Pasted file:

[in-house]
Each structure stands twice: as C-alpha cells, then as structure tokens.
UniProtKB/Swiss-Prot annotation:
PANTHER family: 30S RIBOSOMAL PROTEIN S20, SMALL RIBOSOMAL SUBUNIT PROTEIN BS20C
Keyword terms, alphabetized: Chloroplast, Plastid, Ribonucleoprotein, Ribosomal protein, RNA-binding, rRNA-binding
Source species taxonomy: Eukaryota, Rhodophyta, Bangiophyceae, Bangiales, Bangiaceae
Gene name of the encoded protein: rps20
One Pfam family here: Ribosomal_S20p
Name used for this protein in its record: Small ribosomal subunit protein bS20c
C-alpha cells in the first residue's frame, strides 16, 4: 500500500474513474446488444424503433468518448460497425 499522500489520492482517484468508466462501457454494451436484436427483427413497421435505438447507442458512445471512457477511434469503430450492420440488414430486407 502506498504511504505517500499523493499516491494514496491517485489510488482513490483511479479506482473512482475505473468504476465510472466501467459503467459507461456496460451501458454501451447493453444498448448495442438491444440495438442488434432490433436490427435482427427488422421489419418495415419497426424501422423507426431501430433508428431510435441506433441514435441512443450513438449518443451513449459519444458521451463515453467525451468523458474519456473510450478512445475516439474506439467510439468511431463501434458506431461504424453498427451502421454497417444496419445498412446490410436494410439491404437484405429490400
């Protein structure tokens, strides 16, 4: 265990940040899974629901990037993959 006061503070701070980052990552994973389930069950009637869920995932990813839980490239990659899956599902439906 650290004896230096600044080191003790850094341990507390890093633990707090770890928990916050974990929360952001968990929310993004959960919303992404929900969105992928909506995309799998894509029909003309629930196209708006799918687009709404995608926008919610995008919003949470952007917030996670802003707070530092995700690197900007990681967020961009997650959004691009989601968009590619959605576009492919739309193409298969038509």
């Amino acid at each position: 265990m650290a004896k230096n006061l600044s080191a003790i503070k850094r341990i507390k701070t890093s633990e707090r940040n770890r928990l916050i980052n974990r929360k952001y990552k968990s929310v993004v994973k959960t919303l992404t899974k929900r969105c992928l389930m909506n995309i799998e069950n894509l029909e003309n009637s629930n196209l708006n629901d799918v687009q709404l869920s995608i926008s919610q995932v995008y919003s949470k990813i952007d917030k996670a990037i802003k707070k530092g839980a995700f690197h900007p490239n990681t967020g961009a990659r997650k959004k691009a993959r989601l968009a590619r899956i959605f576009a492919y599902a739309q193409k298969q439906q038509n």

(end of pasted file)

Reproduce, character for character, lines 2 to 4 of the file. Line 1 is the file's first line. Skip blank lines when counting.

Each structure stands twice: as C-alpha cells, then as structure tokens.
UniProtKB/Swiss-Prot annotation:
PANTHER family: 30S RIBOSOMAL PROTEIN S20, SMALL RIBOSOMAL SUBUNIT PROTEIN BS20C